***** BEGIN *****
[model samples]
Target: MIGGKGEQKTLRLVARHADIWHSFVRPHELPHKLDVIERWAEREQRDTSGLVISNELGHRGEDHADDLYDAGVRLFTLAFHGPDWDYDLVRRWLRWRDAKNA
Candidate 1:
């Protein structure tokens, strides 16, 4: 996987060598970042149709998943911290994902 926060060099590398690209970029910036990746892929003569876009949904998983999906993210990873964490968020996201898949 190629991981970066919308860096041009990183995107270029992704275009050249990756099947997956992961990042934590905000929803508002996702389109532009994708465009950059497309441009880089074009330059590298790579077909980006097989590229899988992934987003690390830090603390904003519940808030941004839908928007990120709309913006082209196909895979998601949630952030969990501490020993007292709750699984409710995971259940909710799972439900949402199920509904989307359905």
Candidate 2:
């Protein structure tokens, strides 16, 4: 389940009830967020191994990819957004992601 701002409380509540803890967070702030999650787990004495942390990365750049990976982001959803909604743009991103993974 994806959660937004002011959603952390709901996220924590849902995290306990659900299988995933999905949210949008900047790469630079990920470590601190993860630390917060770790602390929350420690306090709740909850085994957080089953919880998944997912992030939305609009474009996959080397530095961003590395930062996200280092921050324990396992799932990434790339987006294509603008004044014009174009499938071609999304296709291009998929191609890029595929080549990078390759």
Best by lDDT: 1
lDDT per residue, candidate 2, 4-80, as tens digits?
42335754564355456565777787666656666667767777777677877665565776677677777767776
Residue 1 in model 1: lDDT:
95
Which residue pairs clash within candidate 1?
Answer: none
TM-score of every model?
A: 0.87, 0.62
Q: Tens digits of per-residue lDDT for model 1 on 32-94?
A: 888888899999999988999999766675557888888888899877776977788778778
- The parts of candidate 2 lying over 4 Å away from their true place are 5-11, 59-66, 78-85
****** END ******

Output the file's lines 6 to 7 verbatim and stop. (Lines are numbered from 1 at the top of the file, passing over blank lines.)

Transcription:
């Protein structure tokens, strides 16, 4: 389940009830967020191994990819957004992601 701002409380509540803890967070702030999650787990004495942390990365750049990976982001959803909604743009991103993974 994806959660937004002011959603952390709901996220924590849902995290306990659900299988995933999905949210949008900047790469630079990920470590601190993860630390917060770790602390929350420690306090709740909850085994957080089953919880998944997912992030939305609009474009996959080397530095961003590395930062996200280092921050324990396992799932990434790339987006294509603008004044014009174009499938071609999304296709291009998929191609890029595929080549990078390759």
Best by lDDT: 1